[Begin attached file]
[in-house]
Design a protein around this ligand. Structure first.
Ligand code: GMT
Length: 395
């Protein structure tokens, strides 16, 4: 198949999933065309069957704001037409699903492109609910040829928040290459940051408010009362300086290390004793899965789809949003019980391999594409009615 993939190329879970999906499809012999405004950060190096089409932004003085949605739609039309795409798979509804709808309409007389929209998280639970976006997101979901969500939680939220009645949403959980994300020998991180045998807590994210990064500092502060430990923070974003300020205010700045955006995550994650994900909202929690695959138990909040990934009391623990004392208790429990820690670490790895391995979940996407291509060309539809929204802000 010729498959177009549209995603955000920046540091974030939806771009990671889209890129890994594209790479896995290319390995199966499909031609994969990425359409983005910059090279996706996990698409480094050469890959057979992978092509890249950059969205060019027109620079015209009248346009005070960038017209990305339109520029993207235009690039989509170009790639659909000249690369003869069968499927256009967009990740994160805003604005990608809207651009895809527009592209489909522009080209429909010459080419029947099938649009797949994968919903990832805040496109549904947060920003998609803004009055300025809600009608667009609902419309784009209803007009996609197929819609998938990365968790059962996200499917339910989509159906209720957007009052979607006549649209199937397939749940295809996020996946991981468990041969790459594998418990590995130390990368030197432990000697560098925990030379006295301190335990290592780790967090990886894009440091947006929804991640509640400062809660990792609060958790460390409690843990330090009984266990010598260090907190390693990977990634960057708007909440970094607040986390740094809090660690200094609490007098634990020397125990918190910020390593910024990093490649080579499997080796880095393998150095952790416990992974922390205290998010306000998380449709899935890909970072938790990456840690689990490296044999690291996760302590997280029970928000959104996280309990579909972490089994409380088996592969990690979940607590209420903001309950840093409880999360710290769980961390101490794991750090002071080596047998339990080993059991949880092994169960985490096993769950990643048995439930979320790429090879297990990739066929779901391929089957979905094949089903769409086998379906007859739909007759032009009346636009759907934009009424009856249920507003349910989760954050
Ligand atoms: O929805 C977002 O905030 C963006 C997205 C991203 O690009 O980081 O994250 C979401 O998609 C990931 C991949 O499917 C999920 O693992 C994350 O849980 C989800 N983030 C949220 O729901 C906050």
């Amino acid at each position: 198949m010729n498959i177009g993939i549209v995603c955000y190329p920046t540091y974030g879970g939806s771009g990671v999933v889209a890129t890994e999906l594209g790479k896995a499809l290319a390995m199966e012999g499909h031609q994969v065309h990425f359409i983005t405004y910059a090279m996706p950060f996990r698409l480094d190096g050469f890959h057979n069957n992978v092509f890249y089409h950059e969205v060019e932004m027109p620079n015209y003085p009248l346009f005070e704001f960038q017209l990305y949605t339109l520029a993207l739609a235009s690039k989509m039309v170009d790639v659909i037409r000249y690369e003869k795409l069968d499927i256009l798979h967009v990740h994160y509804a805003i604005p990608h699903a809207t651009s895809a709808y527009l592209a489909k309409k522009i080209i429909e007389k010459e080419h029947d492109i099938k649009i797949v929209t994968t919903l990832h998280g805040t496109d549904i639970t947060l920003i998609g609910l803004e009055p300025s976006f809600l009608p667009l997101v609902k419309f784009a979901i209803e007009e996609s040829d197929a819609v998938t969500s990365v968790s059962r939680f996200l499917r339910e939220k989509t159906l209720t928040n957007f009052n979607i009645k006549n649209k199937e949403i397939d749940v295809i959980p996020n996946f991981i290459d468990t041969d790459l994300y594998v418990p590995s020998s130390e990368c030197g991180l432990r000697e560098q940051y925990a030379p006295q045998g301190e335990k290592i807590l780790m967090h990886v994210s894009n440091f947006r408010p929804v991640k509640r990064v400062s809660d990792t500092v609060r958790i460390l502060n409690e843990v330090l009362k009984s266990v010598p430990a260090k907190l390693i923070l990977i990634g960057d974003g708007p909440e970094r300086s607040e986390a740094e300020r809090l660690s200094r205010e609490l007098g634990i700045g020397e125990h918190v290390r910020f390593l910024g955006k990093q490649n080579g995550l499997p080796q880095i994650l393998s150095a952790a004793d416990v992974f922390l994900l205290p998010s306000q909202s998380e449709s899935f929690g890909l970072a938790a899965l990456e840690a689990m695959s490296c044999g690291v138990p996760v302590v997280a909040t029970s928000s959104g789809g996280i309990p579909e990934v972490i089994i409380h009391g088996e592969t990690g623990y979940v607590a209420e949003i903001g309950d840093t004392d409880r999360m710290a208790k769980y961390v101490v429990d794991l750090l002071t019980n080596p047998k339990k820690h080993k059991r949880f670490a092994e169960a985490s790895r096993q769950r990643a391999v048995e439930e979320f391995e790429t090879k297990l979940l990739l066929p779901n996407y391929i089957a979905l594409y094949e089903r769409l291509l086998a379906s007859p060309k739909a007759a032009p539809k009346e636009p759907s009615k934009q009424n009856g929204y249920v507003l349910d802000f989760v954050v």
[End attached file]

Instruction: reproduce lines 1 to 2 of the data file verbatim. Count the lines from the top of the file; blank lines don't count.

[in-house]
Design a protein around this ligand. Structure first.